San Diego Comic-Con is one of the biggest pop culture events of the year, but it's only a few crazy days long. That might be changing thanks to a new partnership between Comic-Con and Lionsgate, which wants to build a video-based subscription service to turn the event into a "year-wide celebration."
The deal, announced this morning, will see the creation of a video-on-demand service that fans could subscribe to offering short-form video content, archived footage recorded at past Comic-Cons, and, because it's a deal with Lionsgate, access to TV and movie content owned by the company (presumably to stretch out the fact that you can't exactly make a year's worth of content about Comic-Con). Here's a snippet from the press release:
The new service will launch with a broad portfolio of content including original short-form content created exclusively for the channel’s subscribers, films and television series from Lionsgate and other studios designed to appeal to the diverse interests of Comic-Con’s fan base as well as exclusive archived footage from Comic-Con’s 45-year history. As part of the new channel, the two companies will also work closely to make the Comic-Con International Independent Film Festival (CCI-IFF) a 365-day-a-year online event.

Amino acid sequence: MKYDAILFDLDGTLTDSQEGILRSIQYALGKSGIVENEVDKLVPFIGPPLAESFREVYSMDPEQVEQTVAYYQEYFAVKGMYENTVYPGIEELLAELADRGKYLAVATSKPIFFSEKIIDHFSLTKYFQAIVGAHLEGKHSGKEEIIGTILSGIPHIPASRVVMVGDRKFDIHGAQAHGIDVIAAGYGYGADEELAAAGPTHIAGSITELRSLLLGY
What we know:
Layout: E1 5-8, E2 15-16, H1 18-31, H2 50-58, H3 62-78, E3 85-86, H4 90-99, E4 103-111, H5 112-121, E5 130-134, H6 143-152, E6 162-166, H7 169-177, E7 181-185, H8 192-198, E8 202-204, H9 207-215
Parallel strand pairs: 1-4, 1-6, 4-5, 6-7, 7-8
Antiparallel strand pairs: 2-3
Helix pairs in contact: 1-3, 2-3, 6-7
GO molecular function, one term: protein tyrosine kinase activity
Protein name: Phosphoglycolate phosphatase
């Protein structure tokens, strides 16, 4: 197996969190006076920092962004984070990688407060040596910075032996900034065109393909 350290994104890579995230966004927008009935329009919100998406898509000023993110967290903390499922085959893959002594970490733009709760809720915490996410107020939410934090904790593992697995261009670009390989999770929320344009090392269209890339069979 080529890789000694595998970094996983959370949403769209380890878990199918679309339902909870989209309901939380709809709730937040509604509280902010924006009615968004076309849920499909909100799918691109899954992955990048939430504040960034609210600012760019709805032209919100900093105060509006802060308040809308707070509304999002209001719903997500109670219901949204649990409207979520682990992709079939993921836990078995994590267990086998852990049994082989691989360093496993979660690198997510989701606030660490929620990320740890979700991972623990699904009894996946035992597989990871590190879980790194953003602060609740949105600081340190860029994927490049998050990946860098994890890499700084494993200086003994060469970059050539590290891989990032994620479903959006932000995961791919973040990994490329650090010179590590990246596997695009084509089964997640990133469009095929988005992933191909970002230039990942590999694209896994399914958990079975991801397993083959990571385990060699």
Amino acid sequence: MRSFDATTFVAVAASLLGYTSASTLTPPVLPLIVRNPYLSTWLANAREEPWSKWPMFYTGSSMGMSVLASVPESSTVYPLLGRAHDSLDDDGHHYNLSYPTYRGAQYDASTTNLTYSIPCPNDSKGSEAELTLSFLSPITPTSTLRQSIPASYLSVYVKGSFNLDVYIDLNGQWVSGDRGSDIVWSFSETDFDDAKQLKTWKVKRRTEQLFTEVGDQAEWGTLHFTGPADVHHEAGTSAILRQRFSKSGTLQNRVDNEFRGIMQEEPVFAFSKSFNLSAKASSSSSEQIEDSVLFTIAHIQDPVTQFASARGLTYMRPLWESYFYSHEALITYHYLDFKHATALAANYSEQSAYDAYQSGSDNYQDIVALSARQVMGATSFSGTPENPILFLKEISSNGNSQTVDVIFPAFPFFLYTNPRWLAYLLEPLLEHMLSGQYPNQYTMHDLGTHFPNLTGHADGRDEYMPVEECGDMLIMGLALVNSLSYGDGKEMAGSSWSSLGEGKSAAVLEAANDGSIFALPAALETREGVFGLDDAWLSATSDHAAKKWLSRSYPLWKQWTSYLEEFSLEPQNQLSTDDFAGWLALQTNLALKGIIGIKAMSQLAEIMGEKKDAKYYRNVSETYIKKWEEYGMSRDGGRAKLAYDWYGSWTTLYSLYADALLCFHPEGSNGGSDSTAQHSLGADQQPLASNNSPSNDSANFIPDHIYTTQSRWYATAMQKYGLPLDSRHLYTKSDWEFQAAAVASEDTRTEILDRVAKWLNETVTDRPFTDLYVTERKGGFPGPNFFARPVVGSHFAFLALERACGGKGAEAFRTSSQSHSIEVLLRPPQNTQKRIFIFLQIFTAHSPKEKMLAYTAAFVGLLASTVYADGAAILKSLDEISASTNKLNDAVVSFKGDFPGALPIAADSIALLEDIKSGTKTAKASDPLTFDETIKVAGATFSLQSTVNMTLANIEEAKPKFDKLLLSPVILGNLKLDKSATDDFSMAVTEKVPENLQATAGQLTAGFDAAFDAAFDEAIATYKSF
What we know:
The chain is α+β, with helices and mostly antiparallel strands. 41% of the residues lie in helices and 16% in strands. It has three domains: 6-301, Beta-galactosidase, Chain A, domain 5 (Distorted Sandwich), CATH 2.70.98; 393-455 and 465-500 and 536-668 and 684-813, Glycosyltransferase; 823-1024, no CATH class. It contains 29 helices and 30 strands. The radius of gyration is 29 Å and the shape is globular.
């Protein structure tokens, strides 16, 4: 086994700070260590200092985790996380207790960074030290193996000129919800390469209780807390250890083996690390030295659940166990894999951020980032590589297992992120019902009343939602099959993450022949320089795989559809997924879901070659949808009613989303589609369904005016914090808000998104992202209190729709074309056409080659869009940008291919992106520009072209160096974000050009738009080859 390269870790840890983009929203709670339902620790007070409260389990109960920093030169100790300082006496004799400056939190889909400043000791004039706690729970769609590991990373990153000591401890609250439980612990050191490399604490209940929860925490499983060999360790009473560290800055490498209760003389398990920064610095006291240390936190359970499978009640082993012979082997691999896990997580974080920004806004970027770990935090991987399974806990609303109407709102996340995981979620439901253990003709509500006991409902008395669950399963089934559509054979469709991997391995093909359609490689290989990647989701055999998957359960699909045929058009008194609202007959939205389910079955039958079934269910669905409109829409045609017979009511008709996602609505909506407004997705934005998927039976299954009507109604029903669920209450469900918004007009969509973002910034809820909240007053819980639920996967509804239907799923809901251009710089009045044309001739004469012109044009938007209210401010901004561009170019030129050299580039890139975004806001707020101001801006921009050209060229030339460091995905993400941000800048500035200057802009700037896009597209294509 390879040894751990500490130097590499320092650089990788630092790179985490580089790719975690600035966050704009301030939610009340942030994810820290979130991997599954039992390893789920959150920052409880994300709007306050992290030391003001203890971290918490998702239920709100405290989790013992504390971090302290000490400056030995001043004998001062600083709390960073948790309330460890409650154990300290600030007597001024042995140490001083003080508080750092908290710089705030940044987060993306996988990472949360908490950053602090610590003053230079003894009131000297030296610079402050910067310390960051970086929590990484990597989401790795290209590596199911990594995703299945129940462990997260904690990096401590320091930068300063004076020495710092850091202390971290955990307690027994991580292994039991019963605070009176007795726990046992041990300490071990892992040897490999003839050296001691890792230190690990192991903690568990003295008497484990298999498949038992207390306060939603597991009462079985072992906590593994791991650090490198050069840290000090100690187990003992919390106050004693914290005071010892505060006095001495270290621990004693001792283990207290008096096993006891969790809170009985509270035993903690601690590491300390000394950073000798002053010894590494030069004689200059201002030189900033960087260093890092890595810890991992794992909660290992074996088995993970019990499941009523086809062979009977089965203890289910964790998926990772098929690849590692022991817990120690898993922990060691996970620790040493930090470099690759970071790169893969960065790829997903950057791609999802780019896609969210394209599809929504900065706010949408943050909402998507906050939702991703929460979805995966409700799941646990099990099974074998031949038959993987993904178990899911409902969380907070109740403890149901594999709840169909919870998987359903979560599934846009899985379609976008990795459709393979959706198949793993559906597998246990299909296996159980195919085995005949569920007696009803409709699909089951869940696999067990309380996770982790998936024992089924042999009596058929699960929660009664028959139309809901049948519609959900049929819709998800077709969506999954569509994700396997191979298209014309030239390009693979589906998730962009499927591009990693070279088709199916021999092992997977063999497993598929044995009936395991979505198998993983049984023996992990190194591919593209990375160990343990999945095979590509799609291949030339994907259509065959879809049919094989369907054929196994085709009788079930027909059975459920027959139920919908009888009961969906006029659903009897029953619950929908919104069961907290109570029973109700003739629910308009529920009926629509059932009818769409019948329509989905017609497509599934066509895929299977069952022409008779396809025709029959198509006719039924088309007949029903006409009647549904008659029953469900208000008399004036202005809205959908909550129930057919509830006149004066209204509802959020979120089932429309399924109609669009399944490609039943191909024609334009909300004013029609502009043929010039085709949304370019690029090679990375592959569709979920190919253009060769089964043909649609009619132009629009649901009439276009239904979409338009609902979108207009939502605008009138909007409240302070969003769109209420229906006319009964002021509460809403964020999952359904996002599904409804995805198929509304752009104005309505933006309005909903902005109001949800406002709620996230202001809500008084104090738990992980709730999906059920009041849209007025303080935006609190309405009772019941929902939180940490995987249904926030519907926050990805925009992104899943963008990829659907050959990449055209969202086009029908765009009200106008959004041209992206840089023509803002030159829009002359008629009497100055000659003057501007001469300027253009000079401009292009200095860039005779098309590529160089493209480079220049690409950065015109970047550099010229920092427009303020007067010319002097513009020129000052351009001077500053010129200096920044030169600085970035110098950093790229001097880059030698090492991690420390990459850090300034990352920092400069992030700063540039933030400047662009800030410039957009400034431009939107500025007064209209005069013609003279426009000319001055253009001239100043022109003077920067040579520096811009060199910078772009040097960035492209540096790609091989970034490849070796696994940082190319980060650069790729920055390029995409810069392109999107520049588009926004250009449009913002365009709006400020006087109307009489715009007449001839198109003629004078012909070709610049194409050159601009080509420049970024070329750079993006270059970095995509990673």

So what is the exclusive content going to be? The idea of it being short form sounds like it could be interviews rather than panels from the cons.
While it's unlikely that the plethora of Con-exclusive trailers or sneak peeks would ever be made available outside of attendees actually at panels, maybe the service will allow people unable to attend to at least see some of the stuff going on at the show. Maybe not live and as it happens — after all, there has to be an incentive for people to go, after all — but maybe archived after the fact. That could be pretty cool. But will the subscription service be worth it if it doesn't offer actual breaking Comic-Con news and event coverage?
There's no details about pricing tiers just yet, but the service is due to launch in the nebulous time frame of "later this year" — which sounds an awful lot like it might miss this year's installment in July.
Image credit: Kevin Dooley/Flickr.